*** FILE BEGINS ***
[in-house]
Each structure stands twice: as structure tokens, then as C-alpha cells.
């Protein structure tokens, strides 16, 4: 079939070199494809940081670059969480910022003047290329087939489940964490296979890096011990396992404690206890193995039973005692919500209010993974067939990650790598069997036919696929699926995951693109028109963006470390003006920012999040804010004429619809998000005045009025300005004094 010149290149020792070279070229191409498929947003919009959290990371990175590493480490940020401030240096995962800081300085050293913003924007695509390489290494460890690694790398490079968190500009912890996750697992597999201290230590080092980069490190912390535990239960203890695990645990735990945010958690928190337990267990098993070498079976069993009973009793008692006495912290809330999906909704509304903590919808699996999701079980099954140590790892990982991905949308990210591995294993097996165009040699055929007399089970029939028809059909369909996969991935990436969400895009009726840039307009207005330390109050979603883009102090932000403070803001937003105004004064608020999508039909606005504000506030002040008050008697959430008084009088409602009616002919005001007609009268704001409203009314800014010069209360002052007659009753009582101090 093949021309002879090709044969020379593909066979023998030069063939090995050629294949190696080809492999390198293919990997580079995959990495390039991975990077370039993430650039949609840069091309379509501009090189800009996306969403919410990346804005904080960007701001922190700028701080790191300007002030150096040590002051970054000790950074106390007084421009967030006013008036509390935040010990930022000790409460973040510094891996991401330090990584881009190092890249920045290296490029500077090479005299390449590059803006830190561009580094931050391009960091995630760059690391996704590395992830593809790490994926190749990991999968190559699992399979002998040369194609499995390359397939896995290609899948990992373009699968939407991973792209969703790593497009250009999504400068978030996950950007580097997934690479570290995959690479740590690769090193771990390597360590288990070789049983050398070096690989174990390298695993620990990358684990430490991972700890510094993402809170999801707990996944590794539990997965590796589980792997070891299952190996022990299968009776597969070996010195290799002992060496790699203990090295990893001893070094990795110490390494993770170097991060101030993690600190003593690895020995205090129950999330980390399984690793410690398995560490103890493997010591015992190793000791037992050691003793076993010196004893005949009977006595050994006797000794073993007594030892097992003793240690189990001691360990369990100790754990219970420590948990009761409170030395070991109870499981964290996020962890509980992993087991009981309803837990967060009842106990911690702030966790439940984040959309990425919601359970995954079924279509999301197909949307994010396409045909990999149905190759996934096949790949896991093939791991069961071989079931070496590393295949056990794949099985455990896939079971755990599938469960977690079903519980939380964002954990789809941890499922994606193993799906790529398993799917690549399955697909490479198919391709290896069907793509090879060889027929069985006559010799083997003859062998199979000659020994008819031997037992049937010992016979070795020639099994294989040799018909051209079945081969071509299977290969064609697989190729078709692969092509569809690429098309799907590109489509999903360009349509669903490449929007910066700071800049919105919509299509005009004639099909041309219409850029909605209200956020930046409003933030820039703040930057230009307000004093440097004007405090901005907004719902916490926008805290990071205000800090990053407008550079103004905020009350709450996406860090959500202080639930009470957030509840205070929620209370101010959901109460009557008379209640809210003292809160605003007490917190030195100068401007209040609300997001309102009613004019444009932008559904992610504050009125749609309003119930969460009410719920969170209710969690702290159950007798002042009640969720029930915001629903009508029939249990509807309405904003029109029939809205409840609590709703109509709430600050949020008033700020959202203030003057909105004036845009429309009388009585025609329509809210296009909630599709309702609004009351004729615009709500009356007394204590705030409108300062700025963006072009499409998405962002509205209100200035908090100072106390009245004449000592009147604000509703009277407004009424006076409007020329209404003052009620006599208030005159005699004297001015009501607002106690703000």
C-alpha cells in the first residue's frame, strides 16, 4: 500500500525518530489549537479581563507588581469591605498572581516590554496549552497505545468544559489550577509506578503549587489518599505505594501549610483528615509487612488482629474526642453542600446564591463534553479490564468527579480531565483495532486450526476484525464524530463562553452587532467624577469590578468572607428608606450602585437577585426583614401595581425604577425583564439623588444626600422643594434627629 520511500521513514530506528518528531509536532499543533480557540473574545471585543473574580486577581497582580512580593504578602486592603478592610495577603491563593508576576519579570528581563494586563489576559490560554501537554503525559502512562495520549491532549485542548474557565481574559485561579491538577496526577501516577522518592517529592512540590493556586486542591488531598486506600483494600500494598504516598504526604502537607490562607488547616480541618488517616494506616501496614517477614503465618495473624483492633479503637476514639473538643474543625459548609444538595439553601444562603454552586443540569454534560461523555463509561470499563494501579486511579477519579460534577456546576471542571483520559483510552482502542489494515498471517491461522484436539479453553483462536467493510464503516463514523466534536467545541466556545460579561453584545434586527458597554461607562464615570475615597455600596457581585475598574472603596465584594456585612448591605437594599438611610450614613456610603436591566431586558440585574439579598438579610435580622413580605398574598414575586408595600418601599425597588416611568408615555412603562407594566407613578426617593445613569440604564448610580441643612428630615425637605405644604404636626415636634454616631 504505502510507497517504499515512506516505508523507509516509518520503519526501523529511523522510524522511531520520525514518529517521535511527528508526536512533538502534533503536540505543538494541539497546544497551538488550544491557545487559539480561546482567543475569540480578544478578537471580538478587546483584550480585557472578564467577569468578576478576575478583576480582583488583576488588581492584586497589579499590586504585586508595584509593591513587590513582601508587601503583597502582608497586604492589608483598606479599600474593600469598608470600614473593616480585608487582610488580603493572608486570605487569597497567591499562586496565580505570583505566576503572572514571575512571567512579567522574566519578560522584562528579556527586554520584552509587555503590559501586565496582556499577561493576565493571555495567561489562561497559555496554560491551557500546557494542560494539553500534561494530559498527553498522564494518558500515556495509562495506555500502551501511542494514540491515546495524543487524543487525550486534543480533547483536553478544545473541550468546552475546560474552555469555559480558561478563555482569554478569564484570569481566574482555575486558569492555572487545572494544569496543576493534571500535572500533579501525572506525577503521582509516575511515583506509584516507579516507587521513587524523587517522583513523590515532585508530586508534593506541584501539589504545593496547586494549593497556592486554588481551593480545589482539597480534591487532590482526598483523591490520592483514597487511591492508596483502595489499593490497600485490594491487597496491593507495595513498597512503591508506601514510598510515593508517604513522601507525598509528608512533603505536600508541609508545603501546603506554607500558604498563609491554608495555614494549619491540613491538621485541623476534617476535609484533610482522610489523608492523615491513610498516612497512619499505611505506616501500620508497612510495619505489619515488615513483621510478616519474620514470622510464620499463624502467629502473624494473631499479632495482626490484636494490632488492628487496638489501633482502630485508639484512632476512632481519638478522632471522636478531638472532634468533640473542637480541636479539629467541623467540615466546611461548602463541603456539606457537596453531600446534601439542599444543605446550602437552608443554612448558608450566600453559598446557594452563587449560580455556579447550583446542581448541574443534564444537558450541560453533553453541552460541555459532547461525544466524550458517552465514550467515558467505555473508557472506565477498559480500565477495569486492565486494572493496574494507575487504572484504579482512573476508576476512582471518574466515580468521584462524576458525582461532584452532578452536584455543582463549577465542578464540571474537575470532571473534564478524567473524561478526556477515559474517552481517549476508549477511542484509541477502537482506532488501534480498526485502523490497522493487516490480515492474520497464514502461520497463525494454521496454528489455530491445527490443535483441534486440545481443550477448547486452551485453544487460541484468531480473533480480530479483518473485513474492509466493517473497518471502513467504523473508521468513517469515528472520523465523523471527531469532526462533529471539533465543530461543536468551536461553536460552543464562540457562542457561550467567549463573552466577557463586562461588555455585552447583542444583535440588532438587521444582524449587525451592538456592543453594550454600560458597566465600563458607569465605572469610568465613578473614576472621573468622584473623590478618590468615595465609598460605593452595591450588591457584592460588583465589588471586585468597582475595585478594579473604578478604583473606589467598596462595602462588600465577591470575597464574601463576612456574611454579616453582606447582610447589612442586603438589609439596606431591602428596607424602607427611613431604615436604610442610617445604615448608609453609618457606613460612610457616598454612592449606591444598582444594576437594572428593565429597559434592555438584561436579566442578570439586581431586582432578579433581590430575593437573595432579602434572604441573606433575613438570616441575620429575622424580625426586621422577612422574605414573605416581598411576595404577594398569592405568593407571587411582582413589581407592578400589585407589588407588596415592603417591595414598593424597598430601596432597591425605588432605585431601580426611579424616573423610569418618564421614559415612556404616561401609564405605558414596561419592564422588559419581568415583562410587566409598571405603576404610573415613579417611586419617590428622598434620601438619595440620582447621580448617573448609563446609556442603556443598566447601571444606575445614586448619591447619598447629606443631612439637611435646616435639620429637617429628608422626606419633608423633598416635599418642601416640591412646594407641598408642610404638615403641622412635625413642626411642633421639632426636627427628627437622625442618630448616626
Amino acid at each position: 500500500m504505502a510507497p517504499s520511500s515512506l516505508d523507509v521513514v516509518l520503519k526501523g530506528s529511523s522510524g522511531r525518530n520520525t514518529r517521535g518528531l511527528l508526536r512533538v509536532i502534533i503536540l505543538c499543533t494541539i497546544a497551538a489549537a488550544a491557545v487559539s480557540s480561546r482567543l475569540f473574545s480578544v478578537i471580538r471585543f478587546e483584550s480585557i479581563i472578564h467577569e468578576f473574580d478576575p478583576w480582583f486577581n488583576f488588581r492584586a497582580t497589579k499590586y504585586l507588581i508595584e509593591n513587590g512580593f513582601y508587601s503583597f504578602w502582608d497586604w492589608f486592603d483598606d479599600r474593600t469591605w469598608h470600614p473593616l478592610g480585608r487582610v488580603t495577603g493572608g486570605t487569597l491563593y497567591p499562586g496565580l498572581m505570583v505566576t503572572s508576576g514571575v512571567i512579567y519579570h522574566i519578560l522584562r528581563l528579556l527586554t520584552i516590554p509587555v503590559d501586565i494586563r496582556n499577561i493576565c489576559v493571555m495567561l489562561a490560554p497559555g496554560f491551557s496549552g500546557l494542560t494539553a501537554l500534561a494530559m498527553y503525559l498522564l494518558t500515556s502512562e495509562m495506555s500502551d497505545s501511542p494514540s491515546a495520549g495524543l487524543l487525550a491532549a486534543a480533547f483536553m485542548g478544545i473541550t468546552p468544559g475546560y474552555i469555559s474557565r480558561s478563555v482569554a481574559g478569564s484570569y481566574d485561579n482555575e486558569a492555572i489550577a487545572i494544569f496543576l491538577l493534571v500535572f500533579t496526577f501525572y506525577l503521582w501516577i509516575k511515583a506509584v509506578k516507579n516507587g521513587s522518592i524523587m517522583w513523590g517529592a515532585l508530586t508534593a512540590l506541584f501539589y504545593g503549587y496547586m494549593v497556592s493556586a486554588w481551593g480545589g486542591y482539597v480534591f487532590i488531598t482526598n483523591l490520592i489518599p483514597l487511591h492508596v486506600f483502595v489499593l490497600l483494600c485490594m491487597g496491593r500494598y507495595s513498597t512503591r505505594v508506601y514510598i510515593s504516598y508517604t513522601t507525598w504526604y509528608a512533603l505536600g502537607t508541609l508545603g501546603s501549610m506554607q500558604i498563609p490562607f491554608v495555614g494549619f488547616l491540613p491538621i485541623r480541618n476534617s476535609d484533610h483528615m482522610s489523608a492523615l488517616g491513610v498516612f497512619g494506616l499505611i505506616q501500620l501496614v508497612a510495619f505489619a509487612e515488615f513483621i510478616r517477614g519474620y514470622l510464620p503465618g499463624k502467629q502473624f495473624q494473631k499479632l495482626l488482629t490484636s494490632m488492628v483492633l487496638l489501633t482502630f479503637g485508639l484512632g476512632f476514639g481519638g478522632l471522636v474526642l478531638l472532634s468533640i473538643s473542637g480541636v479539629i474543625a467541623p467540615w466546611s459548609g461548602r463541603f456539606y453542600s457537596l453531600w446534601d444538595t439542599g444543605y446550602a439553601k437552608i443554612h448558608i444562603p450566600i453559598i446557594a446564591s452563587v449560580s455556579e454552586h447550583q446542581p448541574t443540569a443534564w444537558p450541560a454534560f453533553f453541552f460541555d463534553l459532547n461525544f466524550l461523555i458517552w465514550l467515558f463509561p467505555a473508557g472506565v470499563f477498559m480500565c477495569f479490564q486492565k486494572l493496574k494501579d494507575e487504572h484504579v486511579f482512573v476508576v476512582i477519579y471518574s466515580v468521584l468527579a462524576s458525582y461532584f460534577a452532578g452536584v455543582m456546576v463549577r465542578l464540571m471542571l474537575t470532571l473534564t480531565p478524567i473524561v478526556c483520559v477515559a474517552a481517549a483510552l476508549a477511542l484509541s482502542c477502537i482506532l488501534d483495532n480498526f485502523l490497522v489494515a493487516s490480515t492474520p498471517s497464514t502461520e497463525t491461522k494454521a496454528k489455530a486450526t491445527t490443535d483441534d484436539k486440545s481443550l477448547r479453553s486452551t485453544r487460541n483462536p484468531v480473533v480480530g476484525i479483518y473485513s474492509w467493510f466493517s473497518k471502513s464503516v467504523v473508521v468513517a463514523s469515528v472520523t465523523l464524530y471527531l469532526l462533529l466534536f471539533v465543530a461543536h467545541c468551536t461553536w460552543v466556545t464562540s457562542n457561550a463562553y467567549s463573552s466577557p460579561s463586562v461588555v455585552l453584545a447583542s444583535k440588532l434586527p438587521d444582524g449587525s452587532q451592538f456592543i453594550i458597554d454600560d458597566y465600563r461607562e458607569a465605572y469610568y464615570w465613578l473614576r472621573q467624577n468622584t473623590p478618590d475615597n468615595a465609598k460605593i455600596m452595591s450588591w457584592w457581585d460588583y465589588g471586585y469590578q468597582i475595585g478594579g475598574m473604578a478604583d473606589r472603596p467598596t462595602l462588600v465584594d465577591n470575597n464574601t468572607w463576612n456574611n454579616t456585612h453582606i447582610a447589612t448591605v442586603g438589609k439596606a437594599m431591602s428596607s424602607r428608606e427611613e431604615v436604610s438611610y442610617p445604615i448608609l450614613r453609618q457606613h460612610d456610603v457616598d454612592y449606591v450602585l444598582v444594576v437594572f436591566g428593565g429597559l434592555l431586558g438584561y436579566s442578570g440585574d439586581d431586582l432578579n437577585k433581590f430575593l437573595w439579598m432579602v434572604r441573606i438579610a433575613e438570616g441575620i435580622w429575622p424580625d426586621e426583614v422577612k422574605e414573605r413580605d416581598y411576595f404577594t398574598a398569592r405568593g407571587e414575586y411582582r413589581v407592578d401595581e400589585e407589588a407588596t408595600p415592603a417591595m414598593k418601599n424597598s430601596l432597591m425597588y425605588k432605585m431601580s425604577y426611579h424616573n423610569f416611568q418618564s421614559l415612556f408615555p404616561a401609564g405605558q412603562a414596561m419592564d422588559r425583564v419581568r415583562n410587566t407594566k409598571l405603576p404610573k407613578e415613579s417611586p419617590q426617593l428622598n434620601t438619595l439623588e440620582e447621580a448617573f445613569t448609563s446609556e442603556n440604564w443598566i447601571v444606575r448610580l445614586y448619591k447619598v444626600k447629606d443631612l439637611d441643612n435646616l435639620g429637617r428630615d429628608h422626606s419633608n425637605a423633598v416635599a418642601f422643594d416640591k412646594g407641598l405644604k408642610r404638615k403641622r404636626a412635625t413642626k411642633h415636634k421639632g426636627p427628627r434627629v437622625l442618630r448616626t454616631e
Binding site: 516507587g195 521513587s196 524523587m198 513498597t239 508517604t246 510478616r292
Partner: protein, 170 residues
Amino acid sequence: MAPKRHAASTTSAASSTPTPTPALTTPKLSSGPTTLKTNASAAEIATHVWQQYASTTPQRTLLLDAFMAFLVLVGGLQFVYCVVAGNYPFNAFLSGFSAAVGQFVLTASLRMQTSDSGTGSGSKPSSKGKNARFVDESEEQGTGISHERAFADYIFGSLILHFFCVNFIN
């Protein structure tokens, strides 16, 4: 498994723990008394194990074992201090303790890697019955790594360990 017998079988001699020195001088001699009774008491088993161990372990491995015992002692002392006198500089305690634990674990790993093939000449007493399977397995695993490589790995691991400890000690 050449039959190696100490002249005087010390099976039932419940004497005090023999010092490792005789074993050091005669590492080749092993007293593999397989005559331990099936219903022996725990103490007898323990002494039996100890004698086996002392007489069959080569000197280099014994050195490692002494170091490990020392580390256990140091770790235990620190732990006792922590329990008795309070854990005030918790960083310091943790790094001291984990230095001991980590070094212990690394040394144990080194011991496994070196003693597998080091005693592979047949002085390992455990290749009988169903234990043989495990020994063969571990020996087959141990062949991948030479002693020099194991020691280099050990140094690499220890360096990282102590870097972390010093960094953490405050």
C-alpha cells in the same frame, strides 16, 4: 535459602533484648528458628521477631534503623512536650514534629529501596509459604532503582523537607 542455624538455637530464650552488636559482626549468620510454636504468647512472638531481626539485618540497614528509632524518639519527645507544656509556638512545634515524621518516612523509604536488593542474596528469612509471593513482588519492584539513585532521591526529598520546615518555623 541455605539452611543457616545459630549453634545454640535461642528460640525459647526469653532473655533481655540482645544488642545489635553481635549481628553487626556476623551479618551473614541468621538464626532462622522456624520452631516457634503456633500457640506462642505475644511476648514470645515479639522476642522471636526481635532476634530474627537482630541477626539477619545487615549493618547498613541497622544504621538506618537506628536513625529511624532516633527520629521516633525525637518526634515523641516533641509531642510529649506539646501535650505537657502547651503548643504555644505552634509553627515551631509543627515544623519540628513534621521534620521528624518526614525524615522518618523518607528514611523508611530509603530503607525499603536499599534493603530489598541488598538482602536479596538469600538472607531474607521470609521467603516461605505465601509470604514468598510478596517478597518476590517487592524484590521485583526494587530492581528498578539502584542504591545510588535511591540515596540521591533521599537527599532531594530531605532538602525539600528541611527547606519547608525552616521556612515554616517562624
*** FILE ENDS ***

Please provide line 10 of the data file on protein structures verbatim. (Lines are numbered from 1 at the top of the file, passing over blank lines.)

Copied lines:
C-alpha cells in the same frame, strides 16, 4: 535459602533484648528458628521477631534503623512536650514534629529501596509459604532503582523537607 542455624538455637530464650552488636559482626549468620510454636504468647512472638531481626539485618540497614528509632524518639519527645507544656509556638512545634515524621518516612523509604536488593542474596528469612509471593513482588519492584539513585532521591526529598520546615518555623 541455605539452611543457616545459630549453634545454640535461642528460640525459647526469653532473655533481655540482645544488642545489635553481635549481628553487626556476623551479618551473614541468621538464626532462622522456624520452631516457634503456633500457640506462642505475644511476648514470645515479639522476642522471636526481635532476634530474627537482630541477626539477619545487615549493618547498613541497622544504621538506618537506628536513625529511624532516633527520629521516633525525637518526634515523641516533641509531642510529649506539646501535650505537657502547651503548643504555644505552634509553627515551631509543627515544623519540628513534621521534620521528624518526614525524615522518618523518607528514611523508611530509603530503607525499603536499599534493603530489598541488598538482602536479596538469600538472607531474607521470609521467603516461605505465601509470604514468598510478596517478597518476590517487592524484590521485583526494587530492581528498578539502584542504591545510588535511591540515596540521591533521599537527599532531594530531605532538602525539600528541611527547606519547608525552616521556612515554616517562624